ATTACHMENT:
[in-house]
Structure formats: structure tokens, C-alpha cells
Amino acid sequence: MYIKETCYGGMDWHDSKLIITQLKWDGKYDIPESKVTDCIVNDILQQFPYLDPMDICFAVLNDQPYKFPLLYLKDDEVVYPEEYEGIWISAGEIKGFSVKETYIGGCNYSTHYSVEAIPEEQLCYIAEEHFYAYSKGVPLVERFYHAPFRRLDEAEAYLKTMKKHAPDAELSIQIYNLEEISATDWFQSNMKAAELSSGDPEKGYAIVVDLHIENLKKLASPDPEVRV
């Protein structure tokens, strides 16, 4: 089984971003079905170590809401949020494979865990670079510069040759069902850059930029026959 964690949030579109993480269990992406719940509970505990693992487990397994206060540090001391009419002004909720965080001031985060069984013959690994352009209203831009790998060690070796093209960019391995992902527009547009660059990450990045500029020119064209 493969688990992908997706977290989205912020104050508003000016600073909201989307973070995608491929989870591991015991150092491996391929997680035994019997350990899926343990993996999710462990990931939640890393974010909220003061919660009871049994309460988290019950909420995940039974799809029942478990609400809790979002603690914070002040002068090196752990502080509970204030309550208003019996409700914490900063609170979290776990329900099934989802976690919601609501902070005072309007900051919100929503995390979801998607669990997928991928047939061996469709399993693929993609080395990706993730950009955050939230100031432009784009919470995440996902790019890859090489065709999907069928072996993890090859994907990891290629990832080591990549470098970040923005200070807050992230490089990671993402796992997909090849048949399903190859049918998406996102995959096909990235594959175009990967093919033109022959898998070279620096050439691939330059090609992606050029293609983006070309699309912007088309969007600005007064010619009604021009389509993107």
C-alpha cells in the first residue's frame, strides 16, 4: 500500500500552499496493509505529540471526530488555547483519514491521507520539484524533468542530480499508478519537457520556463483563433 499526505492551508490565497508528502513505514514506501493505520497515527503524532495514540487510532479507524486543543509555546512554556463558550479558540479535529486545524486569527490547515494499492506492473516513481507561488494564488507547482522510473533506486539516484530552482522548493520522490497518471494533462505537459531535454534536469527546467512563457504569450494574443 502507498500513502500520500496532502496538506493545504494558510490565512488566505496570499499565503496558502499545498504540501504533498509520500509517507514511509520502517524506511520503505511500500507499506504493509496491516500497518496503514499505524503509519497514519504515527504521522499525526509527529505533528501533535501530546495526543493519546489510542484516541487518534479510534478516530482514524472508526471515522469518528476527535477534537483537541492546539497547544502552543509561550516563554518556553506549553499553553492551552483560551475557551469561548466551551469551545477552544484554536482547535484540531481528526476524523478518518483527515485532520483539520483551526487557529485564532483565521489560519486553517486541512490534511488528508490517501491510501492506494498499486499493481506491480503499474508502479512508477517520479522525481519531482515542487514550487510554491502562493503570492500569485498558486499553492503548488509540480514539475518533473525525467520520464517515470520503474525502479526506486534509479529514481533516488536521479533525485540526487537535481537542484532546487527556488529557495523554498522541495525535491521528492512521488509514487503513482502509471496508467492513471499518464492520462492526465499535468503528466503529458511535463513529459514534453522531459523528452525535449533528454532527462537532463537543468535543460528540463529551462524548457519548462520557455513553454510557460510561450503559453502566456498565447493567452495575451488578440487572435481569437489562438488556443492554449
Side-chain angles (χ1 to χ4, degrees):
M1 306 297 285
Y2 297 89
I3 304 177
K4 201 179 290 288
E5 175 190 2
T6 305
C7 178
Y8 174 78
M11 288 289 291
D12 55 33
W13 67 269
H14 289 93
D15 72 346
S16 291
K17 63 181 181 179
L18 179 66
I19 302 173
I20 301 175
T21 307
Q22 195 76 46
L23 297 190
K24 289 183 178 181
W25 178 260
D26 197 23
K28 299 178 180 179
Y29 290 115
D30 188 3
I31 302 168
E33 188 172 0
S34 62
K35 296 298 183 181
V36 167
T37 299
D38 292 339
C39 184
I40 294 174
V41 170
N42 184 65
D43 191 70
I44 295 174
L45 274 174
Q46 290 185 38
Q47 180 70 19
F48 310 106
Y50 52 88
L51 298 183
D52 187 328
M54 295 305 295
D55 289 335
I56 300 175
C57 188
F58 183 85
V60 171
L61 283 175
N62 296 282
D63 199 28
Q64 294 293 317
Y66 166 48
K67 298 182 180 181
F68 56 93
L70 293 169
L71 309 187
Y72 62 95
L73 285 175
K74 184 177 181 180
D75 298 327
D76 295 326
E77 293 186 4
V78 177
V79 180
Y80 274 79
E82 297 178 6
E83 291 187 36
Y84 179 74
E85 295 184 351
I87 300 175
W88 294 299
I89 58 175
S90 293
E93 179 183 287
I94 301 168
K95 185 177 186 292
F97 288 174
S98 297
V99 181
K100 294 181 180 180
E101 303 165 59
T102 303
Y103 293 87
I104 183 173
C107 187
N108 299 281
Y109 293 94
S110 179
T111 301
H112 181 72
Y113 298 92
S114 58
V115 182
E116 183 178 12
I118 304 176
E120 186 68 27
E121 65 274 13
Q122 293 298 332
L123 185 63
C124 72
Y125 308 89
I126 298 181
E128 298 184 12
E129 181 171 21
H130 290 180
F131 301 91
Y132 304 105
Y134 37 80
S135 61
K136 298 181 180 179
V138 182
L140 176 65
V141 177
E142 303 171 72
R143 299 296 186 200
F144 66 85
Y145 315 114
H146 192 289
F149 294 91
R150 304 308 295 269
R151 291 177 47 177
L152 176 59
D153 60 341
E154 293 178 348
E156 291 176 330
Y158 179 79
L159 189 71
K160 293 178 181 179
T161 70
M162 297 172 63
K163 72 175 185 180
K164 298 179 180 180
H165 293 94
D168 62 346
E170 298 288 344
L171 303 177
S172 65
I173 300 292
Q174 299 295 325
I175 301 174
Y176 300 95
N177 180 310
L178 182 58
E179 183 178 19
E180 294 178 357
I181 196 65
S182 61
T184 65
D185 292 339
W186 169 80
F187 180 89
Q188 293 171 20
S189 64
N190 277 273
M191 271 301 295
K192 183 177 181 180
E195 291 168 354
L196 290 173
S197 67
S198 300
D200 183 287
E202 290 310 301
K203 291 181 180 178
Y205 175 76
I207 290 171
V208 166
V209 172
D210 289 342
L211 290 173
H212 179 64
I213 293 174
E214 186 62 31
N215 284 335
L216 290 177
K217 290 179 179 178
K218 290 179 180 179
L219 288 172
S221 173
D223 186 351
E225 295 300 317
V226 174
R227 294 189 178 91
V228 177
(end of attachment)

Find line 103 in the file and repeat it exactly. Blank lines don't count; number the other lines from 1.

Y113 298 92